Dao              Individual             Dao


These and many more passages seem to speak of the dao as something that should be followed and entered into.   This way of viewing the dao is similar to the Christian’s view of the Holy Spirit and the Cabbalist’s view of the Serifot, where the higher spirit, force, or principle is to be followed for the sake of material and spiritual blessings.   There is conflict, however, between this emphasis in the Daodejing and other passages which promote non-action (wu-wei) and emphasize the unattainable nature of the dao . [16]   Yet, without being taken to extremes, the Daodejing could be interpreted as promoting action and striving in one sense and time and promoting its opposite (wu-wei) in another sense and time.      

Cosmological Dao

            Another way in which the Daodejing describes the dao is as a cosmological force involved in creating and sustaining the universe.   Such is the idea when the Daodejing says, “The dao produces the One.   The One produces the two.   Two produces three.   Three produces the myriad creatures.” [17]   This cosmological framework would look something like what follows:






                                                                 One    Two Three




Not only is the world produced by the dao ; it runs towards it: “streams and torrents flow into rivers and oceans, just as the world flows into the dao .” [18]   Likewise, the dao providentially upholds the cosmos; “the myriad creatures rely upon it [ dao ] for life” [19] and “it [ dao ] takes from what has excess; it augments what is deficient.” [20]   Here we have the dao revealed in strikingly theistic terms, yet one should not think of the dao as a transcendent deity, but as Huston Smith wisely put it, as the “above all, behind all, beneath all…Womb from which all life springs and to which it returns.” [21]   The dao , according to Liu Xiaogan, “is God but without an active and defining consciousness to it”, for the dao is “void and indefinitely open” whereas God is “full and definite.” [22]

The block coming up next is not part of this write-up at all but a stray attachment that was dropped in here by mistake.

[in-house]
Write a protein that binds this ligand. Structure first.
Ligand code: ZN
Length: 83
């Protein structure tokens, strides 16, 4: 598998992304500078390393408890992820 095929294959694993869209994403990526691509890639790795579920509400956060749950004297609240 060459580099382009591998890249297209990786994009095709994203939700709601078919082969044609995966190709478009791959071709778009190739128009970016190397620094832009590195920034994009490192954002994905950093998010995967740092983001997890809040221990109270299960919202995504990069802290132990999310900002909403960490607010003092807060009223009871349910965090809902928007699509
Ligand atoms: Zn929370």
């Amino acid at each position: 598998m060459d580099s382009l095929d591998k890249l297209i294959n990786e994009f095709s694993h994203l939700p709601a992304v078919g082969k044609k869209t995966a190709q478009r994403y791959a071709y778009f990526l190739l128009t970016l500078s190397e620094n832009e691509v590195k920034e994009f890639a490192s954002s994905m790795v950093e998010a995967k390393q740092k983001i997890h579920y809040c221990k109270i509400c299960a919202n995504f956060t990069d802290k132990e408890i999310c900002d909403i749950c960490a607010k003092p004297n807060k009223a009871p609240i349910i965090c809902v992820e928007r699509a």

The One

            Similar to the concept of the dao is, though of less importance, is the idea of the “One.”   As was noted earlier, the Daodejing speaks of how the dao “produced the One” and that from this “One” came the multiplicity of the cosmos.   From a linear time-based model it would seem that the dao created the One and the One created the two in a discursive, chronological, and ontological sense.   If uncritical, we might be lead to think of the dao and as a ‘thing’ or ‘substance’ which would not be consistent with it being describes as “empty.”   We must always remember that the dao is non-being, negation, and nothingness, and therefore cannot be categorized in ontological terms.   The question now arises whether the One, which was produced by the dao , is a substance?   There are really two ways to answer this question.   The first is to believe that the non-being ( dao ) produced a being (One) and that from this original unified substance came all of the diverse objects in the universe.   The second is to think that the difference between the dao and the One is only conceptual and not ontological.  

             The first explanation aligns itself with proto-typical religious cosmology, the only difference being an Eastern being-from-non-being model.   Under this model the ‘One’ is the unified cradle of life in which the yin and yang forces operate and in which all life lives and moves.   While discussing Ho-shang-kung’s (179-59 B.C.E.) commentary on the Daodejing , Alan Chan describes the One as the “original substance of life itself, energy in its most pure and potent form” since it is considered the “vital essence of the Tao.” [23]   The second way in which the One is thought of is as another concept of the dao itself, only put in a different manner.   The famous ancient commentator on the Daodejing and the I Ching , Wang Pi (226-49 C.E.), thinks that the concept of the One ultimately falls back into non-being, since the One is only a metaphor for a concept and not be understood univocally.   Chan likewise comments on Wang Pi’s thought:


For Wang Pi the question of beginning cannot be resolved unless the absolute otherness of Tao is taken seriously.   Dialectically understood, the concept of “One” ultimately rejoins that of nonbeing.   Cosmological interpretations in general and Ho-shang-kung’s in particular are thus philosophically untenable, for they project a false image of “nonbeing.”   It is entirely appropriate to portray Tao conceptually and metaphorically as “beginning,” “One,” or the “root” of all beings; but serious misunderstanding arises when what is conceptual and metaphoric is misread literally to represent a kind of original substance or energy. [24]     


Thus we have two ways of looking at the concept of the One: it could be understood as the original substance and energy from which all life came, or it can be thought of as another symbol for the dao and thus non-being.

The Nature of Paradox